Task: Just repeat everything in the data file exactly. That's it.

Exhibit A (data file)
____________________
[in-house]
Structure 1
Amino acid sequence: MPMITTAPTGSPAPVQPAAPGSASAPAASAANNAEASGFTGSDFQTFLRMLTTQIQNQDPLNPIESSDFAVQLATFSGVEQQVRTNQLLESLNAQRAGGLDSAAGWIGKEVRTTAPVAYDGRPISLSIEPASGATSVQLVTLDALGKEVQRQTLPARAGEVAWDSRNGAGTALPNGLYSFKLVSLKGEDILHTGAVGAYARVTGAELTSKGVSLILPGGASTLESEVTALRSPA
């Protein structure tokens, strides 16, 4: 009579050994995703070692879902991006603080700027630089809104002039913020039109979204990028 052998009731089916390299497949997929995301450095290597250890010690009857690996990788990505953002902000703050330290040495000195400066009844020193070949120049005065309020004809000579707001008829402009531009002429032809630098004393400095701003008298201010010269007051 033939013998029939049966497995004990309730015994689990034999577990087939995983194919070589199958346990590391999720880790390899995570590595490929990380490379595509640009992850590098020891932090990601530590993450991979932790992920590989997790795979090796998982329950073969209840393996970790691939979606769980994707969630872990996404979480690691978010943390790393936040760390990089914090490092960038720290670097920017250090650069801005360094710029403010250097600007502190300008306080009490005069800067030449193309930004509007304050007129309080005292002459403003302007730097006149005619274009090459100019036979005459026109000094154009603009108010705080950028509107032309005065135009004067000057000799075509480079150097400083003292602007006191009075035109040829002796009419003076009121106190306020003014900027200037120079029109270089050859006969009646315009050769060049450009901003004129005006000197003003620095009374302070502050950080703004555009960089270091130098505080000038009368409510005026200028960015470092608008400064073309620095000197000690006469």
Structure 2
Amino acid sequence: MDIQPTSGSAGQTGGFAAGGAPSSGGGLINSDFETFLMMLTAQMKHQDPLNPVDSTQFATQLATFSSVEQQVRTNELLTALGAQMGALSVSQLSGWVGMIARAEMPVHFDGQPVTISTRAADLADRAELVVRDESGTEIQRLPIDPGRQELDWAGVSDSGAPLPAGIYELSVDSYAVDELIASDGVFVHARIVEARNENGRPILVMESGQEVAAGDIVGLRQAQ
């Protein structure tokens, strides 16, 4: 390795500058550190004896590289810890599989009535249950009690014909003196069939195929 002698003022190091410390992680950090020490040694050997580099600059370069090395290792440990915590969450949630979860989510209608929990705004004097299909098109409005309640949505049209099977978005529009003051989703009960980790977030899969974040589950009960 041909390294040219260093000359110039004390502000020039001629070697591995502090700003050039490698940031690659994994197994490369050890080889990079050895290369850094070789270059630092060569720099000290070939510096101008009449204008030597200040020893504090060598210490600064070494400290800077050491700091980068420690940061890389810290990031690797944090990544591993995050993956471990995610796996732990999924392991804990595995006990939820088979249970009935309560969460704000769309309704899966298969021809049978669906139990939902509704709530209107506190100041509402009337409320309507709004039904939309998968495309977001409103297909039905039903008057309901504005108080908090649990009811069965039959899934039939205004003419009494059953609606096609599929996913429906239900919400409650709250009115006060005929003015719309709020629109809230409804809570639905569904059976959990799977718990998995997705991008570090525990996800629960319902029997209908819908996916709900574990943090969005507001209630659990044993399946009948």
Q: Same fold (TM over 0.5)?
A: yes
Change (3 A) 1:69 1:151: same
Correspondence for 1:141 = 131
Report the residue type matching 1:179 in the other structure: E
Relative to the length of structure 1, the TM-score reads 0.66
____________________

[in-house]
Structure 1
Amino acid sequence: MPMITTAPTGSPAPVQPAAPGSASAPAASAANNAEASGFTGSDFQTFLRMLTTQIQNQDPLNPIESSDFAVQLATFSGVEQQVRTNQLLESLNAQRAGGLDSAAGWIGKEVRTTAPVAYDGRPISLSIEPASGATSVQLVTLDALGKEVQRQTLPARAGEVAWDSRNGAGTALPNGLYSFKLVSLKGEDILHTGAVGAYARVTGAELTSKGVSLILPGGASTLESEVTALRSPA
């Protein structure tokens, strides 16, 4: 009579050994995703070692879902991006603080700027630089809104002039913020039109979204990028 052998009731089916390299497949997929995301450095290597250890010690009857690996990788990505953002902000703050330290040495000195400066009844020193070949120049005065309020004809000579707001008829402009531009002429032809630098004393400095701003008298201010010269007051 033939013998029939049966497995004990309730015994689990034999577990087939995983194919070589199958346990590391999720880790390899995570590595490929990380490379595509640009992850590098020891932090990601530590993450991979932790992920590989997790795979090796998982329950073969209840393996970790691939979606769980994707969630872990996404979480690691978010943390790393936040760390990089914090490092960038720290670097920017250090650069801005360094710029403010250097600007502190300008306080009490005069800067030449193309930004509007304050007129309080005292002459403003302007730097006149005619274009090459100019036979005459026109000094154009603009108010705080950028509107032309005065135009004067000057000799075509480079150097400083003292602007006191009075035109040829002796009419003076009121106190306020003014900027200037120079029109270089050859006969009646315009050769060049450009901003004129005006000197003003620095009374302070502050950080703004555009960089270091130098505080000038009368409510005026200028960015470092608008400064073309620095000197000690006469």
Structure 2
Amino acid sequence: MDIQPTSGSAGQTGGFAAGGAPSSGGGLINSDFETFLMMLTAQMKHQDPLNPVDSTQFATQLATFSSVEQQVRTNELLTALGAQMGALSVSQLSGWVGMIARAEMPVHFDGQPVTISTRAADLADRAELVVRDESGTEIQRLPIDPGRQELDWAGVSDSGAPLPAGIYELSVDSYAVDELIASDGVFVHARIVEARNENGRPILVMESGQEVAAGDIVGLRQAQ
């Protein structure tokens, strides 16, 4: 390795500058550190004896590289810890599989009535249950009690014909003196069939195929 002698003022190091410390992680950090020490040694050997580099600059370069090395290792440990915590969450949630979860989510209608929990705004004097299909098109409005309640949505049209099977978005529009003051989703009960980790977030899969974040589950009960 041909390294040219260093000359110039004390502000020039001629070697591995502090700003050039490698940031690659994994197994490369050890080889990079050895290369850094070789270059630092060569720099000290070939510096101008009449204008030597200040020893504090060598210490600064070494400290800077050491700091980068420690940061890389810290990031690797944090990544591993995050993956471990995610796996732990999924392991804990595995006990939820088979249970009935309560969460704000769309309704899966298969021809049978669906139990939902509704709530209107506190100041509402009337409320309507709004039904939309998968495309977001409103297909039905039903008057309901504005108080908090649990009811069965039959899934039939205004003419009494059953609606096609599929996913429906239900919400409650709250009115006060005929003015719309709020629109809230409804809570639905569904059976959990799977718990998995997705991008570090525990996800629960319902029997209908819908996916709900574990943090969005507001209630659990044993399946009948």
Q: Same fold (TM over 0.5)?
A: yes
Change (3 A) 1:69 1:151: same
Correspondence for 1:141 = 131
Report the residue type matching 1:179 in the other structure: E
Relative to the length of structure 1, the TM-score reads 0.66